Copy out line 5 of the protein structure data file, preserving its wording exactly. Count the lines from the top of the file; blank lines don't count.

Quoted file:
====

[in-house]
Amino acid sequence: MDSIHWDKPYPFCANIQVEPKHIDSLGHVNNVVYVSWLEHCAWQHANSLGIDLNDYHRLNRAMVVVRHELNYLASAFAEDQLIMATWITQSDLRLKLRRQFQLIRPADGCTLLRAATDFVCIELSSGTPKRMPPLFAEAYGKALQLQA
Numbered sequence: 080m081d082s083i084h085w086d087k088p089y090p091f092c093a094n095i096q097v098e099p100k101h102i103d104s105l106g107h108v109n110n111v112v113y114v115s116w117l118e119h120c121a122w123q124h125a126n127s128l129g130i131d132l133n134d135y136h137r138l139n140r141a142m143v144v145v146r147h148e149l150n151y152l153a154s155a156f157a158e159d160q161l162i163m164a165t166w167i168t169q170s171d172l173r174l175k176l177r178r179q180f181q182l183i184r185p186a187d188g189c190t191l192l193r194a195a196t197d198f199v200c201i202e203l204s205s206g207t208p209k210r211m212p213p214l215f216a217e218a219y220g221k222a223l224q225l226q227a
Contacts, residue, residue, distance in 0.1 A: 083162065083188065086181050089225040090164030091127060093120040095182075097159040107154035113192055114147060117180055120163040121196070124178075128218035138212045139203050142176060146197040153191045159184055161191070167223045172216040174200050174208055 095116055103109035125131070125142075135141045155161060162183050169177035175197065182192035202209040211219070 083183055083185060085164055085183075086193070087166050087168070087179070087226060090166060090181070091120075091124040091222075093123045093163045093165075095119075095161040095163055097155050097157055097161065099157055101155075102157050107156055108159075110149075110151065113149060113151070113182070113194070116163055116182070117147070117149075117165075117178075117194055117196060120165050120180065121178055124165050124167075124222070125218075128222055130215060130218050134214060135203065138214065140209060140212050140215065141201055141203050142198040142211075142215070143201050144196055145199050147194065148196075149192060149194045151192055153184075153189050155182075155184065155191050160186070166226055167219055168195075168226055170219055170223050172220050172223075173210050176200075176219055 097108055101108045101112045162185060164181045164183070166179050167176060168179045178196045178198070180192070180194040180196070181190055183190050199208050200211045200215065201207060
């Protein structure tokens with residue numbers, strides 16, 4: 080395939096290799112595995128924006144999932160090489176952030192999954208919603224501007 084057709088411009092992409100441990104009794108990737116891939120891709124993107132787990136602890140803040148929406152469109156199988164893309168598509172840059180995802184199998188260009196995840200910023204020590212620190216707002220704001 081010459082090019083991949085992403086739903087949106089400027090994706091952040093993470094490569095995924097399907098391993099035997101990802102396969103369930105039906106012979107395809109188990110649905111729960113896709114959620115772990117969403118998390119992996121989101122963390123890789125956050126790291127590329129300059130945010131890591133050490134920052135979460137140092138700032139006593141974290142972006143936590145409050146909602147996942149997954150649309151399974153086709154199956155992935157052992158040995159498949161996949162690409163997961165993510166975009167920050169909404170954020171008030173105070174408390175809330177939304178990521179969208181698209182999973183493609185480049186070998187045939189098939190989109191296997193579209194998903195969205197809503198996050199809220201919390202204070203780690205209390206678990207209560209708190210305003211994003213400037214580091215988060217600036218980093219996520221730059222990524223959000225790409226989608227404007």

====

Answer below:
């Protein structure tokens with residue numbers, strides 16, 4: 080395939096290799112595995128924006144999932160090489176952030192999954208919603224501007 084057709088411009092992409100441990104009794108990737116891939120891709124993107132787990136602890140803040148929406152469109156199988164893309168598509172840059180995802184199998188260009196995840200910023204020590212620190216707002220704001 081010459082090019083991949085992403086739903087949106089400027090994706091952040093993470094490569095995924097399907098391993099035997101990802102396969103369930105039906106012979107395809109188990110649905111729960113896709114959620115772990117969403118998390119992996121989101122963390123890789125956050126790291127590329129300059130945010131890591133050490134920052135979460137140092138700032139006593141974290142972006143936590145409050146909602147996942149997954150649309151399974153086709154199956155992935157052992158040995159498949161996949162690409163997961165993510166975009167920050169909404170954020171008030173105070174408390175809330177939304178990521179969208181698209182999973183493609185480049186070998187045939189098939190989109191296997193579209194998903195969205197809503198996050199809220201919390202204070203780690205209390206678990207209560209708190210305003211994003213400037214580091215988060217600036218980093219996520221730059222990524223959000225790409226989608227404007």